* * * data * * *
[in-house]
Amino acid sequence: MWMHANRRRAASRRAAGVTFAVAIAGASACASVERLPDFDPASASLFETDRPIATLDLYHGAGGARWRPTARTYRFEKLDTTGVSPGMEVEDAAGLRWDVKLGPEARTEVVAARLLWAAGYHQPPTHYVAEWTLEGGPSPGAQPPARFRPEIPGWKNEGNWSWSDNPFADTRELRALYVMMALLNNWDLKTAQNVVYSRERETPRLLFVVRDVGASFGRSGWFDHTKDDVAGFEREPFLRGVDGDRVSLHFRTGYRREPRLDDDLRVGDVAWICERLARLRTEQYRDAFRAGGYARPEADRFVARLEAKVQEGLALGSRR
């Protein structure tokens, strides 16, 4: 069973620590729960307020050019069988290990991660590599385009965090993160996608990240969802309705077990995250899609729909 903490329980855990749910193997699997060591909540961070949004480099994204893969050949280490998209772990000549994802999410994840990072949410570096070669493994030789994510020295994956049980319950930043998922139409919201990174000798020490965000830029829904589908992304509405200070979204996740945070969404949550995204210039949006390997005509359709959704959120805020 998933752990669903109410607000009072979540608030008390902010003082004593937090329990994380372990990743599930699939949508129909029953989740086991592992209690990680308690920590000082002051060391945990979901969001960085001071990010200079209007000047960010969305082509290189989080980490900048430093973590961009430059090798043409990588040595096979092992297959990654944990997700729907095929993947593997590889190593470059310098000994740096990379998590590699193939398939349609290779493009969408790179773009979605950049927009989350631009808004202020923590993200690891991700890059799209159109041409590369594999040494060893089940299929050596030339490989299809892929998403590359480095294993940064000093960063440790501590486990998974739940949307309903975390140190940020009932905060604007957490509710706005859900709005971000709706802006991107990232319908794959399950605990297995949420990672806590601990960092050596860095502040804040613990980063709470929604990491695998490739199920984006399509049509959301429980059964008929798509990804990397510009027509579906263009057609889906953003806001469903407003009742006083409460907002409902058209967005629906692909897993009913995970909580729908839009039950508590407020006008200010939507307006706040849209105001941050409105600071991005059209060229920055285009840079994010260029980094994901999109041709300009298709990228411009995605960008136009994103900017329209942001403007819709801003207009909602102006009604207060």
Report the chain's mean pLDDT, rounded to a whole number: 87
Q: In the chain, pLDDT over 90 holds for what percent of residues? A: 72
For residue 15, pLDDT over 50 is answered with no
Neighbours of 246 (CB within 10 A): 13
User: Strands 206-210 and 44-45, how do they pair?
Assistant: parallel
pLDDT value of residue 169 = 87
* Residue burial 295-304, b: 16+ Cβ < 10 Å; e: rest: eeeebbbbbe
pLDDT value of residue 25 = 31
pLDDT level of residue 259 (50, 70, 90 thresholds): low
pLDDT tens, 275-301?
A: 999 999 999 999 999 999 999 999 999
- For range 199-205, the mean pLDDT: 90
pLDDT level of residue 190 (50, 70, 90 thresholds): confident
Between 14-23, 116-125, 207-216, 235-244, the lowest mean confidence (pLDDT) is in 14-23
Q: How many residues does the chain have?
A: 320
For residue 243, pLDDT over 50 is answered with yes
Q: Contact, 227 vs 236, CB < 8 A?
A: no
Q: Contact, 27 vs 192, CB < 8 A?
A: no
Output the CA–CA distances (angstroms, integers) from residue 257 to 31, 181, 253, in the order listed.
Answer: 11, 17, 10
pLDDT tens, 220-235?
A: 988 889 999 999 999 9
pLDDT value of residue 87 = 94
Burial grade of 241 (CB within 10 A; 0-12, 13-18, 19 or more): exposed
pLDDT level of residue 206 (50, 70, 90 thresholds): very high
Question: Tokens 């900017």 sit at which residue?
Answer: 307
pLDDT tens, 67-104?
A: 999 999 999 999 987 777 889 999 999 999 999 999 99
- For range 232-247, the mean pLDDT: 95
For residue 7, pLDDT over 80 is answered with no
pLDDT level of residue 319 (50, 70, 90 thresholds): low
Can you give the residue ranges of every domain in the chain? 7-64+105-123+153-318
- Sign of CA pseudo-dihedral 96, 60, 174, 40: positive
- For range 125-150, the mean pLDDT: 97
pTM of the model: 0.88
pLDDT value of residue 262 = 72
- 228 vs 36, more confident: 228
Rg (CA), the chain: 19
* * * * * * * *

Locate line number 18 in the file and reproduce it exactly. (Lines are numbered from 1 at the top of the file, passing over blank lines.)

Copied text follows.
Between 14-23, 116-125, 207-216, 235-244, the lowest mean confidence (pLDDT) is in 14-23